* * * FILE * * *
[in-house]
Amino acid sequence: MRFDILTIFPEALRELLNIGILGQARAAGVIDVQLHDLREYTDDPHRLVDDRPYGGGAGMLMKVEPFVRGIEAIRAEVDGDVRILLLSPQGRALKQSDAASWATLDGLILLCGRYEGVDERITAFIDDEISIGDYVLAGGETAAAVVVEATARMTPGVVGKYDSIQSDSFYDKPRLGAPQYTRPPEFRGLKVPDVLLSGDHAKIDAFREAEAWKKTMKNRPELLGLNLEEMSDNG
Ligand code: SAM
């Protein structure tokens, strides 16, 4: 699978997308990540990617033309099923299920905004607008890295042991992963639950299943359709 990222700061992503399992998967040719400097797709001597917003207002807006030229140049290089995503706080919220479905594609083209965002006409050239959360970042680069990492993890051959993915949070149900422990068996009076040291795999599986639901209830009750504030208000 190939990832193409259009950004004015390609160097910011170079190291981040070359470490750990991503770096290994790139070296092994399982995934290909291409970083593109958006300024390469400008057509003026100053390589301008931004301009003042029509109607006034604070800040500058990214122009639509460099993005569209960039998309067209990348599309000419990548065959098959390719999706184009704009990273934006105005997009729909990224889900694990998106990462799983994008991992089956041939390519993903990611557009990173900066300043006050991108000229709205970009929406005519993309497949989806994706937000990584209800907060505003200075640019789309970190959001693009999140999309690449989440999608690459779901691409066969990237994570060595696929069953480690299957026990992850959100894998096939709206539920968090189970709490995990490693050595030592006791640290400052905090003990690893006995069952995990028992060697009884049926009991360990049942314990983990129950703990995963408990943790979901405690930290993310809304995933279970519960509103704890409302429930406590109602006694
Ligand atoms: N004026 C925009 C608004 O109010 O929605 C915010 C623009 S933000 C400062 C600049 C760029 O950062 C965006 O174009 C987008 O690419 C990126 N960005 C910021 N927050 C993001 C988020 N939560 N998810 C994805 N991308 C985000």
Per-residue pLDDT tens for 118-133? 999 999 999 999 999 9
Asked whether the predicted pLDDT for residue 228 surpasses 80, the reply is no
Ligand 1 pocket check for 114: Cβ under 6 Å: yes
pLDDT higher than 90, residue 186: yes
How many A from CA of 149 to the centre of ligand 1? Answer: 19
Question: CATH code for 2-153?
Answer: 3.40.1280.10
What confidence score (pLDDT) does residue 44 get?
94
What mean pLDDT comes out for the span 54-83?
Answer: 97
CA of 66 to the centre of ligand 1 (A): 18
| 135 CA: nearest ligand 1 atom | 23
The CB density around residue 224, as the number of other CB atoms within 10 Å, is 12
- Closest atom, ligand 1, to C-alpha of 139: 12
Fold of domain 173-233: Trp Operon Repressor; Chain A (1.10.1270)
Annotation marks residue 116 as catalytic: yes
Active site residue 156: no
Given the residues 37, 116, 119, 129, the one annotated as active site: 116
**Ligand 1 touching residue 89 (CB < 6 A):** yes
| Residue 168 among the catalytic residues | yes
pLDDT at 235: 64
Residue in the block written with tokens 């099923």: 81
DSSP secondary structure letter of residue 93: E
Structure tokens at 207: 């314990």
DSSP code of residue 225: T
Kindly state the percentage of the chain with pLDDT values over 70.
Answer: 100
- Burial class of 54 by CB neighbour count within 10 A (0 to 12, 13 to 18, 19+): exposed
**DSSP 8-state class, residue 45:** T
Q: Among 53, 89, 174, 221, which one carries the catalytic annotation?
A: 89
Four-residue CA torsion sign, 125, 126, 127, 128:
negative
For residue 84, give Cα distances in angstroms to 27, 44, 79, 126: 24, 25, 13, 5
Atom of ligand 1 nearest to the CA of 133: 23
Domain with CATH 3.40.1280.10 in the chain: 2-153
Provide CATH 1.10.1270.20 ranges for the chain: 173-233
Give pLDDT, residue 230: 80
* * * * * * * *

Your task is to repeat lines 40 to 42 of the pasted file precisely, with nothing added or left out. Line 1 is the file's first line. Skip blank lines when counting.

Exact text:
For residue 84, give Cα distances in angstroms to 27, 44, 79, 126: 24, 25, 13, 5
Atom of ligand 1 nearest to the CA of 133: 23
Domain with CATH 3.40.1280.10 in the chain: 2-153